Additionally, marks that are descriptive of the goods/services may not effectively provide a source-identifying function (e.g., "brief sheets" has been held to be descriptive of printed instructional pamphlets). For descriptive marks, "secondary meaning" must be shown in order to obtain trademark rights. In other words, despite being descriptive, when used, the mark must bring to mind the source when used in conjunction with the goods/services. Evidence of secondary meaning includes extensive advertising, revenues, long period of exclusive use (e.g., five years), polls indicating the public's recognition of the mark, unsolicited press, etc.
Marks that are suggestive, fanciful, or arbitrary with respect to the corresponding goods/services automatically provide a source-identifying function.
B. Trademark Search and Opinion
A trademark search for prior users of similar marks is always recommended. Such users may have superior rights in the candidate mark. Additionally, use of a mark may infringe on the rights of a prior user.
An Internet search is a good preliminary option for identifying uses of the mark or similar terms as the mark. Regardless, a trademark search conducted before using a new mark in commerce or applying for a federal registration is always advantageous. A professional search company that specializes in such searches is the best option. Generally, the search includes a database search for the mark and variations of the mark in (1) the United States Patent and Trademark Office records, (2) the Internet, (3) commercial databases, (4) state registers, and (5) common law usage (e.g., newspaper articles).
C. Use of the Mark
In order to preserve trademark rights, several options should be considered when the mark is used. These include:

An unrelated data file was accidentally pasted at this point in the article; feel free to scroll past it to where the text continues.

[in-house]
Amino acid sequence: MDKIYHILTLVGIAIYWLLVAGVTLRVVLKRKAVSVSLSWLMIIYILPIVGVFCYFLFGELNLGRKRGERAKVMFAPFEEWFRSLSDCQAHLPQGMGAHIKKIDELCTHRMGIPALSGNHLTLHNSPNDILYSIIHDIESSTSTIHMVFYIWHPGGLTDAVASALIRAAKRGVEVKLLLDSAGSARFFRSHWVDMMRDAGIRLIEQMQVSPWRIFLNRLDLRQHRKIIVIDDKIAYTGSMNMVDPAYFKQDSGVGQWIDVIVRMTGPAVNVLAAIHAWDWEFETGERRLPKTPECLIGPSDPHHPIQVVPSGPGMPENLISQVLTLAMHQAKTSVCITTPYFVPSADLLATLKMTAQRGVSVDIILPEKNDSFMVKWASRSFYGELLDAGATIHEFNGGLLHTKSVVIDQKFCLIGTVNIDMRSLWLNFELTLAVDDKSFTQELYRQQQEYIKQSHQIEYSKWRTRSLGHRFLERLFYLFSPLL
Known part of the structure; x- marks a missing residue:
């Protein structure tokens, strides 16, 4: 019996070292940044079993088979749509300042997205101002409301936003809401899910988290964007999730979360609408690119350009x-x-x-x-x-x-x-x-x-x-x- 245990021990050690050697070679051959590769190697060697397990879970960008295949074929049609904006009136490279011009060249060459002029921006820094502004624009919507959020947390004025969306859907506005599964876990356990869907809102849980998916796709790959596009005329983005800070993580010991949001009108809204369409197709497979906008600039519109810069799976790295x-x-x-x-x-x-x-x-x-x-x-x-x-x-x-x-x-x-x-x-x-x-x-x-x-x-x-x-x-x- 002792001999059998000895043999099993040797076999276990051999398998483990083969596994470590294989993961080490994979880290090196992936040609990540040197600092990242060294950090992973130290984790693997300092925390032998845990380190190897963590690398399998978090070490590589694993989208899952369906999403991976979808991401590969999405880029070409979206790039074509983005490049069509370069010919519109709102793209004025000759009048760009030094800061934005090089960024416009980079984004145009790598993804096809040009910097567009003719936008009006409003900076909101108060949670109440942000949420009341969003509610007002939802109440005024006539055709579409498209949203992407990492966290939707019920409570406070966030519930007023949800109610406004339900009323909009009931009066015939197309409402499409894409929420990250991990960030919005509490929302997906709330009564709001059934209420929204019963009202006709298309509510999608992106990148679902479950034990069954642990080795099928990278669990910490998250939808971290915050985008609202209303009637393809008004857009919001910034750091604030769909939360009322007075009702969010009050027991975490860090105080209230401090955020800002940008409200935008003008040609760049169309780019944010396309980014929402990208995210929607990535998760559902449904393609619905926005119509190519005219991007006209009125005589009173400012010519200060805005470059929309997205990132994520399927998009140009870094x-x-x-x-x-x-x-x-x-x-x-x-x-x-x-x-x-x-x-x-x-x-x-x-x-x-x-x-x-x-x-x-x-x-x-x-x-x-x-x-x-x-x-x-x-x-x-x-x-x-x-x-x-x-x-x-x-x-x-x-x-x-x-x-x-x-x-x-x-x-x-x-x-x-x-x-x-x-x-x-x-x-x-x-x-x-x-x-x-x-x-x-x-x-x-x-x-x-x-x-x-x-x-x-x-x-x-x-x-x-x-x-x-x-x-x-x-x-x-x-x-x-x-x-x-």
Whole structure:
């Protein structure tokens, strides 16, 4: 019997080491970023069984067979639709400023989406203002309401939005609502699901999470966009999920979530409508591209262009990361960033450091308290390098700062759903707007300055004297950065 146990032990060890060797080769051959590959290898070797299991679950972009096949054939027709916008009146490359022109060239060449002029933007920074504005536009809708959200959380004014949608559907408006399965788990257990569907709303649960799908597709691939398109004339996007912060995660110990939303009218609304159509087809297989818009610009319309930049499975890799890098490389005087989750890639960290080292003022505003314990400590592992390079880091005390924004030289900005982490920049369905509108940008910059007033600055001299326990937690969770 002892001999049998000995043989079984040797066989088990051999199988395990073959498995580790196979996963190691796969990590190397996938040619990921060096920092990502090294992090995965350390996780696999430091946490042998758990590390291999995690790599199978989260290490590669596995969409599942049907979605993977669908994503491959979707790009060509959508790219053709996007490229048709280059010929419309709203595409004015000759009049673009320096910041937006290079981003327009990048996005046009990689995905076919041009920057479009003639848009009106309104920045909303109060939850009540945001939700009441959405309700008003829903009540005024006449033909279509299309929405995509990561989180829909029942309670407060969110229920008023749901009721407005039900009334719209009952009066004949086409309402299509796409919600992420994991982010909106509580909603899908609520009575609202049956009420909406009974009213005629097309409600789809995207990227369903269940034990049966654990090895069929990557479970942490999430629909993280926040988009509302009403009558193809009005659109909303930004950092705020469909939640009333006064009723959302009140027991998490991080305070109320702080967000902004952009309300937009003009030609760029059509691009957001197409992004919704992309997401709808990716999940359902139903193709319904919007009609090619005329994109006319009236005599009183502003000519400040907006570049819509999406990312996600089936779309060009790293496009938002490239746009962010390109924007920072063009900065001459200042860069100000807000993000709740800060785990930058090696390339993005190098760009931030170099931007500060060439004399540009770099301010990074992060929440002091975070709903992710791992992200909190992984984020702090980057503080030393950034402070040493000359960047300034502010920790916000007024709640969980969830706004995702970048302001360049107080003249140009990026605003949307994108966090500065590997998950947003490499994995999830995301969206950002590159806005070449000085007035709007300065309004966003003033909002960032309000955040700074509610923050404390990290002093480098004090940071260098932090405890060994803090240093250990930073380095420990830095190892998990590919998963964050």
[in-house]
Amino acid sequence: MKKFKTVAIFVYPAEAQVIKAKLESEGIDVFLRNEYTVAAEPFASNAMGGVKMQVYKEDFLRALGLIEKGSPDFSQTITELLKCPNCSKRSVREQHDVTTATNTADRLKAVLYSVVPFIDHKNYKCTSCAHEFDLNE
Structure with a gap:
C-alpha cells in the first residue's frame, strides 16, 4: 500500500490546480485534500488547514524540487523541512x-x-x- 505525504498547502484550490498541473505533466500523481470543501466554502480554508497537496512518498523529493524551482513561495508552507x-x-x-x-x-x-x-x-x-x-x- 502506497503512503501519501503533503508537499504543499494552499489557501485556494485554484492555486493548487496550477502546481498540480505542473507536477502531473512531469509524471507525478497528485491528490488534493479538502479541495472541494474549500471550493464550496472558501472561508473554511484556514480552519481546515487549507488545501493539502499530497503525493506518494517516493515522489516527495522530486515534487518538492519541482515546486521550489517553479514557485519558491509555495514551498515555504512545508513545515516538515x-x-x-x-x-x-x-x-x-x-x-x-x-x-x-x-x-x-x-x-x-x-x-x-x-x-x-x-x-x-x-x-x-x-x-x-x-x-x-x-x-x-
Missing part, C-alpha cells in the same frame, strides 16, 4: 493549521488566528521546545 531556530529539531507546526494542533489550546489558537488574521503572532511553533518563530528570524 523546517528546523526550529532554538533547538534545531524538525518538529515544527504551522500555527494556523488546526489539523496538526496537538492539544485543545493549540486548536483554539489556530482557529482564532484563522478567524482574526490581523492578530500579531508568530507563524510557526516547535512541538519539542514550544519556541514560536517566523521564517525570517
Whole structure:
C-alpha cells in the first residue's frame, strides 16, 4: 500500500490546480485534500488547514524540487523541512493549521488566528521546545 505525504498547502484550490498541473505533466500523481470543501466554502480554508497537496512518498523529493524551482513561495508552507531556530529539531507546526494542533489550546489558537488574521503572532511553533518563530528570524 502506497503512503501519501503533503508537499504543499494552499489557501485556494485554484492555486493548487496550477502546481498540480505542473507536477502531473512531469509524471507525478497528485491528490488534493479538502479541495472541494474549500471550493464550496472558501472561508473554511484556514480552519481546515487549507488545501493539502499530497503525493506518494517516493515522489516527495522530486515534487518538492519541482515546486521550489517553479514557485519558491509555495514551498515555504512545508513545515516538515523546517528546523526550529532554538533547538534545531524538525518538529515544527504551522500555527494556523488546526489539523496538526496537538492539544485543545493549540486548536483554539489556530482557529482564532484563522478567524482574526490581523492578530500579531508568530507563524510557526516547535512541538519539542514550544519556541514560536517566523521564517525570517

1. When used in a sentence, always use the mark as an adjective, never as a noun.
2. Make the mark stand out from other text (e.g., font size, color, all caps, bold, etc.).
3. For an unregistered mark, use "TM" or "SM" next to the first/each use of the mark.
4. For a registered mark, use "®" next to the first/each use of the mark.
D. Preparation and Filing of U.S. Trademark Registration Application
In general, there are two types of applications:
1. A bona fide intent-to-use (ITU) application for a mark that is not currently being used, but which use is intended in the near future; and
2. An actual use application for a mark that is currently being used in commerce.
In either case, to federally register a mark, the mark must be used "in commerce". This use is defined as commercial use that Congress can regulate. For goods, this use can occur when the goods are shipped across state lines. For services, this use can occur when the services are provided in more than one state or to individuals from more than one state.
For an actual use trademark application, proof of use of the mark is submitted with the application. For an ITU application, proof of the use is submitted after the application by filing an Allegation/Statement of Use.
Each trademark application requires a description of goods/services. The USPTO will classify these goods/services into an International class based on the type of goods/services listed. When sufficiently different goods/services are listed, the USPTO will classify them in multiple classes. Each class requires payment of a separate filing fee.
E. Filing of Foreign Registration Application(s)